SPOILER WARNING: The following contains spoilers for Batman #59 by Tom King, Mikel Janin, Jordie Bellaire, and Clayton Cowles, on sale now!
When it comes to the perception of Bane among broader audiences (those beyond the realm of comic book fandom, anyhow), most would be hard-pressed to tell you anything about the character outside of the fact he was the guy who broke Batman’s back, and Tom Hardy played him in that one movie. Now, this might be a rather broad stroke, but beyond the Bane moments that have permeated the cultural zeitgeist (much like that other hulking monster who killed Superman back in the ‘90s), what makes the character so compelling has never really broken free of the graphic medium...at least not fully. The fact he hasn't truly been represented to the degree he deserves in live action adaptations doesn't help (remember when he was in Batman and Robin? Yeah, we wish we didn't either). Even in comics, he's used rather sparingly, which is a shame, because Bane should mean much more than he does in pop culture.
Thankfully, in Batman #59, Tom King and Mikel Janin give readers a massive reminder of why Bane is arguably the most dangerous villain the Dark Knight has ever faced. Beyond his advanced fighting skill, enhanced strength, and panache for tactical assaults, Bane is absolutely brilliant and displays a level of patience when executing a sinister plan that no Rogues Gallery villain possesses. Bane is all about the long game. During the "Knightfall" story line, he just didn't waltz up to Batman and snap him in half in the first issue. No, Bane wore the Bat down by releasing the inmates of Arkham Asylum, causing Bruce Wayne and his Batfamily to spend months cleaning up the city. Only after exhausting Batman's crime-fighting prowess (and sanity) did Bane make his final strike.
Now, Bane is back at biding his time and letting the pieces fall where they should. As Bruce slowly starts to unravel the more he connects the dots between the dead women attributed to Mister Freeze, the assassination attempt on Dick Grayson, and the endangerment of Alfred, Bane sits in Arkham, feigning incapacitation (or so it would seem). Batman lashes out not once, but twice in Batman #59. He roughs up the diminutive Oswald Cobblepot during an interrogation (which leads to a confession Batman doesn't want to believe) and he even strikes out against one of his closest allies, Jim Gordon, when the commissioner tries to stop the Caped Crusader from beating the truth out of Bane.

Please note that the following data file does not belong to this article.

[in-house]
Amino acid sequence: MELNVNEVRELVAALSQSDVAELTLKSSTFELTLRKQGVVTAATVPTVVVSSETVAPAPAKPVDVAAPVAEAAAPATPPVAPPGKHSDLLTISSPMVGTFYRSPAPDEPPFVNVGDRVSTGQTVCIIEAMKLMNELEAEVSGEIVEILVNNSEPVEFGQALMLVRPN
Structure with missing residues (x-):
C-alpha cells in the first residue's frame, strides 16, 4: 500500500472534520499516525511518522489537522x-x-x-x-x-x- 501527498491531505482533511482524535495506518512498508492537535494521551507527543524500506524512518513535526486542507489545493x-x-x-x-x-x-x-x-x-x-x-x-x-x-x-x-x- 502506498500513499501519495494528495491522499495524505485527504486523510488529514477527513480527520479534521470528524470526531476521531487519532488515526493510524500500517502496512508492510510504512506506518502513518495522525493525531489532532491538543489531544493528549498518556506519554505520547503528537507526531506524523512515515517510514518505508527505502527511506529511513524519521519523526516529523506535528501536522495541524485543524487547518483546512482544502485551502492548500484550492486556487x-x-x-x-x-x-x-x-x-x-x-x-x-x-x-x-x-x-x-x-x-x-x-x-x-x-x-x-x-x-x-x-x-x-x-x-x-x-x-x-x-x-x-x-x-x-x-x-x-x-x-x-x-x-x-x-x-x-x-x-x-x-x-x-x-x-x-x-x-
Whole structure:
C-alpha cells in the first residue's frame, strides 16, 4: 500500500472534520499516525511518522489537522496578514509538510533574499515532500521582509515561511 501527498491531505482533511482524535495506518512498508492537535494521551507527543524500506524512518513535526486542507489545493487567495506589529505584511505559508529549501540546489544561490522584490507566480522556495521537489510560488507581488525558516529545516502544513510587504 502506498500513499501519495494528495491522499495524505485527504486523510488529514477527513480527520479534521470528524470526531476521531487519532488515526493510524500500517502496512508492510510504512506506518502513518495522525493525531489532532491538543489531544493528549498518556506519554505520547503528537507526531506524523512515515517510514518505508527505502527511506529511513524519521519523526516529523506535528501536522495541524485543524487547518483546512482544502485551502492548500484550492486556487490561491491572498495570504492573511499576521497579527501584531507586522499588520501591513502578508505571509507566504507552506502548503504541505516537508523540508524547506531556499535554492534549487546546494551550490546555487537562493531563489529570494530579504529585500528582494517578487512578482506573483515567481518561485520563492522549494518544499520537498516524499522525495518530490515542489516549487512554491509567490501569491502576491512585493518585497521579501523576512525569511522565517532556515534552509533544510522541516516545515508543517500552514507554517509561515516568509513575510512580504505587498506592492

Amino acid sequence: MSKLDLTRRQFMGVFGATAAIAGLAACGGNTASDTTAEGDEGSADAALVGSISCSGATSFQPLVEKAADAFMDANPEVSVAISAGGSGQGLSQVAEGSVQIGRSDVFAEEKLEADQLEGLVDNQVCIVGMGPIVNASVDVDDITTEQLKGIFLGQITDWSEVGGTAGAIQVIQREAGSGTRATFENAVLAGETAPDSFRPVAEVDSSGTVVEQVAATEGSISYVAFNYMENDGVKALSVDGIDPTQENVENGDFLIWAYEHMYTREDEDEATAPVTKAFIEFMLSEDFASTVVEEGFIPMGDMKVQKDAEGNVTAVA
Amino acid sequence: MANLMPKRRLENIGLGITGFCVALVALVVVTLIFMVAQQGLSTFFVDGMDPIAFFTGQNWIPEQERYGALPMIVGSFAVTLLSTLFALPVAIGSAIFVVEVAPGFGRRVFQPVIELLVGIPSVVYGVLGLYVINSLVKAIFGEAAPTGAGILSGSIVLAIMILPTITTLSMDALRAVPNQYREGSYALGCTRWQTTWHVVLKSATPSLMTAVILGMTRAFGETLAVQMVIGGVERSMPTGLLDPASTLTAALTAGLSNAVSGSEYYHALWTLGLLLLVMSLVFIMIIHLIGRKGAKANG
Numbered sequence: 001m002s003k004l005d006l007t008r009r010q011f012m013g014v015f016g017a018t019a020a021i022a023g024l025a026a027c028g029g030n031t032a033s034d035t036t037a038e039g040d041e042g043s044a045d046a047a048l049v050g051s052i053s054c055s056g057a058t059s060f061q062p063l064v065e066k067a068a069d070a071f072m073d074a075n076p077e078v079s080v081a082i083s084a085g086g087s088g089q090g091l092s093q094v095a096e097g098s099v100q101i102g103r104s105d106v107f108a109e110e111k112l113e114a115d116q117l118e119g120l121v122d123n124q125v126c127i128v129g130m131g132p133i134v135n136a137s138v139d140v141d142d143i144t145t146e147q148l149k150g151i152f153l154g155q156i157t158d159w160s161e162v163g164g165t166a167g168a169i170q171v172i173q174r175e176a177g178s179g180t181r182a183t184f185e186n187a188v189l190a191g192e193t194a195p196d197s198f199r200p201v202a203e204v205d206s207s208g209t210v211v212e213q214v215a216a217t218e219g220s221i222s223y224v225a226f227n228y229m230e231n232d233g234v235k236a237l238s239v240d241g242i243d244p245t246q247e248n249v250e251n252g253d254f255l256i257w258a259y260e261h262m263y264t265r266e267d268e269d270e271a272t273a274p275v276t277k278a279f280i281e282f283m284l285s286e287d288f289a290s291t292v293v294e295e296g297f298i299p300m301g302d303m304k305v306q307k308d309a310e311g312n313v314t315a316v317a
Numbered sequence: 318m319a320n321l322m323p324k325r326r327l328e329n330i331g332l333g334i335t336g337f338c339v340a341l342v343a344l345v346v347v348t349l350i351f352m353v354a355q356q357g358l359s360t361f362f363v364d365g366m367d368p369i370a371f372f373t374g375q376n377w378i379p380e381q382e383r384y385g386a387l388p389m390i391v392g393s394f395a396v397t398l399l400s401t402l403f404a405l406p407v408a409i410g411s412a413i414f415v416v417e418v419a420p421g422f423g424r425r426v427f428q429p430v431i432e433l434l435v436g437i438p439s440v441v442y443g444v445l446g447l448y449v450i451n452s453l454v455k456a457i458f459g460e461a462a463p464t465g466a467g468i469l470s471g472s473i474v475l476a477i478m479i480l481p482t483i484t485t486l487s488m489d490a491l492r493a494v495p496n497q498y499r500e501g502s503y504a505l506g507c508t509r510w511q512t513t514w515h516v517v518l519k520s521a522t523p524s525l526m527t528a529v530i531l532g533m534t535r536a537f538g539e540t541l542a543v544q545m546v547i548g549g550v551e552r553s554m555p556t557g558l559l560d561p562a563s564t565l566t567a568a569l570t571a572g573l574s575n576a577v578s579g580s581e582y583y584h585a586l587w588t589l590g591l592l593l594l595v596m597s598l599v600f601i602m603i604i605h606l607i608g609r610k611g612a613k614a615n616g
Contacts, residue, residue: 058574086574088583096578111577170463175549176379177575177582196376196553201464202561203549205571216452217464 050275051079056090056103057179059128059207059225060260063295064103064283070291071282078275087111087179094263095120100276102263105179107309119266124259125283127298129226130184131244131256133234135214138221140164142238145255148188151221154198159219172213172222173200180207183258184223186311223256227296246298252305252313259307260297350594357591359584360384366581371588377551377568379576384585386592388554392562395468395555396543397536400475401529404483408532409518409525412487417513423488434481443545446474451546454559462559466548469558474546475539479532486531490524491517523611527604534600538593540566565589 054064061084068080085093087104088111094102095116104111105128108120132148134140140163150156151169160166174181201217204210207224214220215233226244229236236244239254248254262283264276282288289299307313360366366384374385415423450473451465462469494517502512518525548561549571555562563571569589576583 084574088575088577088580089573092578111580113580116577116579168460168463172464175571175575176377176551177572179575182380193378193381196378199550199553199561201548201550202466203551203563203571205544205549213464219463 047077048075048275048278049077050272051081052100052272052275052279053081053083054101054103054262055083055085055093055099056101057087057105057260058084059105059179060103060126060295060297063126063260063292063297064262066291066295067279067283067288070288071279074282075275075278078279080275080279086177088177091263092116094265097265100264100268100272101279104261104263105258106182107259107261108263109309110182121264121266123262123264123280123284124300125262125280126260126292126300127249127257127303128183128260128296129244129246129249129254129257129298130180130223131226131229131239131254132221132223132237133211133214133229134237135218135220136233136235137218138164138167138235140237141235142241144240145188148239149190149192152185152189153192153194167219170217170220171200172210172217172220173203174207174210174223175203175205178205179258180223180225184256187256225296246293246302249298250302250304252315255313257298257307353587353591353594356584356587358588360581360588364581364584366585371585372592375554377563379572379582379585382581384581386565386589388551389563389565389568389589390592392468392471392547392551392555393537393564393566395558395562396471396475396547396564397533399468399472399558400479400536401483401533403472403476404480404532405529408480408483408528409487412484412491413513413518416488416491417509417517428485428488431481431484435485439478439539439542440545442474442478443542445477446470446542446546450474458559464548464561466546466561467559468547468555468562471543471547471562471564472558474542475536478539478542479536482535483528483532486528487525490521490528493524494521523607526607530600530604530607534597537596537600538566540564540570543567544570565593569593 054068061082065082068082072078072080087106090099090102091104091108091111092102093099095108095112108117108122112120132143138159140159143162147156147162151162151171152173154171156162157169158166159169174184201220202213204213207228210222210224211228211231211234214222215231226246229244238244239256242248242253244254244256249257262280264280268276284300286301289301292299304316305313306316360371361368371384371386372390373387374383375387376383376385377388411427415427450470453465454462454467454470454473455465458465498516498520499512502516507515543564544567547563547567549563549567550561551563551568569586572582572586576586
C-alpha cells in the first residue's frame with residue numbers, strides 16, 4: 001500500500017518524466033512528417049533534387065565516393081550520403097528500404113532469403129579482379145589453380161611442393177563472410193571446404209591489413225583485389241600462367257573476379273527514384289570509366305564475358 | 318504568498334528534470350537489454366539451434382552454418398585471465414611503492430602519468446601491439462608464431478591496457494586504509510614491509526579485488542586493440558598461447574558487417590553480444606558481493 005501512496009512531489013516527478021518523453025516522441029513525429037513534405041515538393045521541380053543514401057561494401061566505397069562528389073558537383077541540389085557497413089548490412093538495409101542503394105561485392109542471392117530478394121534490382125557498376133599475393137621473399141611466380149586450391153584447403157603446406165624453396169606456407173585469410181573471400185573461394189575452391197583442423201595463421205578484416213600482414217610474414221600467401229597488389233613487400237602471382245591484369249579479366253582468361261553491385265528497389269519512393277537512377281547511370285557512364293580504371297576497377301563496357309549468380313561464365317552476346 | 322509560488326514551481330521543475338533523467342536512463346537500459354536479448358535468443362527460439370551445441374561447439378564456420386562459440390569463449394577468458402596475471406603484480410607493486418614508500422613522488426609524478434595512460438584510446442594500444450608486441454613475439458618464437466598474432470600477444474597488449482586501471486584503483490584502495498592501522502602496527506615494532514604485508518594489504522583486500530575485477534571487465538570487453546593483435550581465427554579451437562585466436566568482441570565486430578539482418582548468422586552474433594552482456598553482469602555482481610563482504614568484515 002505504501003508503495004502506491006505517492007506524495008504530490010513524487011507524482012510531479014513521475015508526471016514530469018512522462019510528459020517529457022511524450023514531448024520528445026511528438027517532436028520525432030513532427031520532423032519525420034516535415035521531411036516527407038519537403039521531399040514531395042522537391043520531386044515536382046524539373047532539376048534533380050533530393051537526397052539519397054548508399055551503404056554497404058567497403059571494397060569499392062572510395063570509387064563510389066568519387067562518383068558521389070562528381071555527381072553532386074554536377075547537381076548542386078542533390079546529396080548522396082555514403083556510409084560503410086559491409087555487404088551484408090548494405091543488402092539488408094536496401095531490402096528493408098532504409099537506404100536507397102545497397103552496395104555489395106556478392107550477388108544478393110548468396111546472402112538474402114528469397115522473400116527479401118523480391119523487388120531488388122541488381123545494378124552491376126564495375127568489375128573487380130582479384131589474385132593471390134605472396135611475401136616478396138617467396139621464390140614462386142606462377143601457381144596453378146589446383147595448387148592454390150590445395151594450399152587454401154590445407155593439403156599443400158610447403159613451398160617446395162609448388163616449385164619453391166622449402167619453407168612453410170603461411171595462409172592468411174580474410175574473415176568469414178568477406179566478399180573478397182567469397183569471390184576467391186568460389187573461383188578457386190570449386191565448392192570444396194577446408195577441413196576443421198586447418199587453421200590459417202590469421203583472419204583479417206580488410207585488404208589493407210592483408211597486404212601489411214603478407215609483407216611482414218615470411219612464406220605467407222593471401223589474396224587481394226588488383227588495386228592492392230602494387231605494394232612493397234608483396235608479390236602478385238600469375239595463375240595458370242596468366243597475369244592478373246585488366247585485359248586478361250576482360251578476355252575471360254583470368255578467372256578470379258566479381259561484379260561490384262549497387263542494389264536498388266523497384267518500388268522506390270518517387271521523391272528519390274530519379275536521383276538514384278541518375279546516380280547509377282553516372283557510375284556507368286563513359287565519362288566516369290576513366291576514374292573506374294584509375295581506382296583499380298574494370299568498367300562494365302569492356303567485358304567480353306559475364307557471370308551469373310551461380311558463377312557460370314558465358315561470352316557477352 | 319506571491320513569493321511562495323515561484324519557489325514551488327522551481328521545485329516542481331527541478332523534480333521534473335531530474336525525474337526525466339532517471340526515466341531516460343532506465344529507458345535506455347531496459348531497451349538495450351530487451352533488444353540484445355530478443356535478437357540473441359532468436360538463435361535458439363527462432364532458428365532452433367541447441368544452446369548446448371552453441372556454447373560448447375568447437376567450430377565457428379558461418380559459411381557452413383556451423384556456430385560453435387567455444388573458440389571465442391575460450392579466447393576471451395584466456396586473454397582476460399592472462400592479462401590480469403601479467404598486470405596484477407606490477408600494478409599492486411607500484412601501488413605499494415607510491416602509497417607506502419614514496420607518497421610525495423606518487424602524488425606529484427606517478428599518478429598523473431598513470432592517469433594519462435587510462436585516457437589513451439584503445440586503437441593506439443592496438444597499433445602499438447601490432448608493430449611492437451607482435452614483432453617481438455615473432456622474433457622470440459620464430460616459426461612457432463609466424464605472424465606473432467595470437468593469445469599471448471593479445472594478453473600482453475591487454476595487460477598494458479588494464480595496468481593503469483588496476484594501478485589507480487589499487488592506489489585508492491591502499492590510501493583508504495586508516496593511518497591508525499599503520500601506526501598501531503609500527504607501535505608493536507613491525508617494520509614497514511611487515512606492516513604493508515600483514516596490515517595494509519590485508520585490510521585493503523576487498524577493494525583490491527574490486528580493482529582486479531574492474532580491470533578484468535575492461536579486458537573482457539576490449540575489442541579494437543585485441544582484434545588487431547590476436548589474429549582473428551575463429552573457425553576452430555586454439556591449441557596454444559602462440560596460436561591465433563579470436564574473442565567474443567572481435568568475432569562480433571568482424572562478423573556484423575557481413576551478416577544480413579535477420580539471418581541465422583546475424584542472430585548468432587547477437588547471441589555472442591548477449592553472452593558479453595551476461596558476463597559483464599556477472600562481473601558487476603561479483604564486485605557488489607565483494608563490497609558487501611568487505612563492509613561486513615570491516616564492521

Batman putting his trust in a villain and betraying a much-needed ally are exactly the sort of things a man like Bane wants to see play out before making a his final move. It's psychological warfare. And not since Ra's al Ghul absconded with Thomas and Martha Wayne's coffins in the JLA story line "Tower of Babel" have we see seen such brilliant emotional turmoil levied against Bruce.
Other than the aforementioned Ra's, no other Batman villain can match Bruce Wayne's intellect and physical ability, simultaneously. Sure, costumed enemies like the Joker and the Riddler can push Batman to the precipice of madness by attacking those he loves or the city he is so beholden to, but more often than not, once the gags and traps have been swept a way, the Dark Knight foils their plans with a well-landed punch to the solar plexus. Heavy hitters like Killer Croc and Solomon Grundy can certainly put a hurting on ol' Bats, but neither are really able to see beyond physical altercations.
To be fair, Bane secretly controlling Arkham Asylum does seem rather repetitive, seeing as how he has dabbled in such affairs before. But a mind like Bane's has certainly conjured up another layer to this scheme. Something much deeper and darker than simply siccing a legion of madmen on Gotham is boiling to the surface. The manner in which Tom King has slowly been moving the pieces together has been brilliant, and it strangely reflects Bane's own plan (or at least what we can see of it).
All the stories that have felt almost isolated from one another are starting to mesh together to illustrate a larger picture. But what the canvas of Gotham City will look like once Bane slashes down the finishing strokes is anybody's guess. It's the unpredictability lurking behind every corner that makes Bane's unknown endgame truly terrifying. Whatever dark shadow destined to envelope Batman is chomping at the bit and its breadth wide enough to be a linebacker (and it's probably gonna wear a sweet luchador mask).